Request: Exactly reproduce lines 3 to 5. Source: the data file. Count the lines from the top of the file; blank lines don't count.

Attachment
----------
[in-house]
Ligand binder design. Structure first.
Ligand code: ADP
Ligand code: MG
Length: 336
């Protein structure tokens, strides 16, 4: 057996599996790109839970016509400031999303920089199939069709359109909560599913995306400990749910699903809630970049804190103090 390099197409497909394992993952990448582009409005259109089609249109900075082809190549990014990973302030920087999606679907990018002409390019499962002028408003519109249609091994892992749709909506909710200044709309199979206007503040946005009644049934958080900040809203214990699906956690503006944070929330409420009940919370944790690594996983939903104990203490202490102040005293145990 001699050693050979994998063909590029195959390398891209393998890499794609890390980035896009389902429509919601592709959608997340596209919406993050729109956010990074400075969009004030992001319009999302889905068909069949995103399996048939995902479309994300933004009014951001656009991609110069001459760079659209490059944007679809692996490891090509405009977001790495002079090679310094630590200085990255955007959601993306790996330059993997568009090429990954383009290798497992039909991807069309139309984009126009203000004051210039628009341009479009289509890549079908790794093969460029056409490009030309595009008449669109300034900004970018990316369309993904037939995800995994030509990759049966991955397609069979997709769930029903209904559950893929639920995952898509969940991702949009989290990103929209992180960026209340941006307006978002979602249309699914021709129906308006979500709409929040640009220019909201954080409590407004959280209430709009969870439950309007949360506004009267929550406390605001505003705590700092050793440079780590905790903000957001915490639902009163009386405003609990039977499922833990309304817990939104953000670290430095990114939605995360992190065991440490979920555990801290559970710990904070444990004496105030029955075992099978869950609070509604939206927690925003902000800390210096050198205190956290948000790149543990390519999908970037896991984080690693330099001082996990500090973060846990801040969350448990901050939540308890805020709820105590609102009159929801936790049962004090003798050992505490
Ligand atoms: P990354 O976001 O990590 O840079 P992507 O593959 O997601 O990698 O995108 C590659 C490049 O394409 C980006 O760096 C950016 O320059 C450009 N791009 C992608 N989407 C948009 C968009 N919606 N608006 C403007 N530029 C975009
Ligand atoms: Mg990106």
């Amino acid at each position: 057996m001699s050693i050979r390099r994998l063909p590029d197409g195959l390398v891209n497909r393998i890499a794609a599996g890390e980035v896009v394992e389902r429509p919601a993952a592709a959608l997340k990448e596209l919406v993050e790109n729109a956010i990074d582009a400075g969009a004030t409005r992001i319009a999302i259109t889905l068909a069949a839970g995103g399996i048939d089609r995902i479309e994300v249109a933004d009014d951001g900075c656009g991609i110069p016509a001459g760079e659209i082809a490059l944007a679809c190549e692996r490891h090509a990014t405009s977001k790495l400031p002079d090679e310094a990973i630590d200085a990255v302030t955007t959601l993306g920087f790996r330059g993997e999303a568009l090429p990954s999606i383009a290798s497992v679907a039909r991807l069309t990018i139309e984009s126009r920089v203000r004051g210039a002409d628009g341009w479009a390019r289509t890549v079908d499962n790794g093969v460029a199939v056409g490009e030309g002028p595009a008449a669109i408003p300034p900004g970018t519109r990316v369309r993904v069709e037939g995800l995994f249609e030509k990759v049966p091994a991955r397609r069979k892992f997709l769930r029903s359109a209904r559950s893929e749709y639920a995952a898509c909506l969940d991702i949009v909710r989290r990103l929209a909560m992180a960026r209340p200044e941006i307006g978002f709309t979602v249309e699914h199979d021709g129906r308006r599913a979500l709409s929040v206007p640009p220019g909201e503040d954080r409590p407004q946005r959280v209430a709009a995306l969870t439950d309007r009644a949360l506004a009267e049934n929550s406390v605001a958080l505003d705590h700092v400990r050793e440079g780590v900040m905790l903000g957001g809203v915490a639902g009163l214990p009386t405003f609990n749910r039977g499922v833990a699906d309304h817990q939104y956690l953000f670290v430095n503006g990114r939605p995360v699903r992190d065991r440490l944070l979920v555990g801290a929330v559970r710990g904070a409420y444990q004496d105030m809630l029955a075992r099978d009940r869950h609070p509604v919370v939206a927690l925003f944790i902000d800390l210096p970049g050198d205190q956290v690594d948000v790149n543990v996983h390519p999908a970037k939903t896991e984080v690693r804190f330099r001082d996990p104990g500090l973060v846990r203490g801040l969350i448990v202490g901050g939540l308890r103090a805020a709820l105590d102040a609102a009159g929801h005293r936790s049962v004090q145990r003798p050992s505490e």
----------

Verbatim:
Ligand code: ADP
Ligand code: MG
Length: 336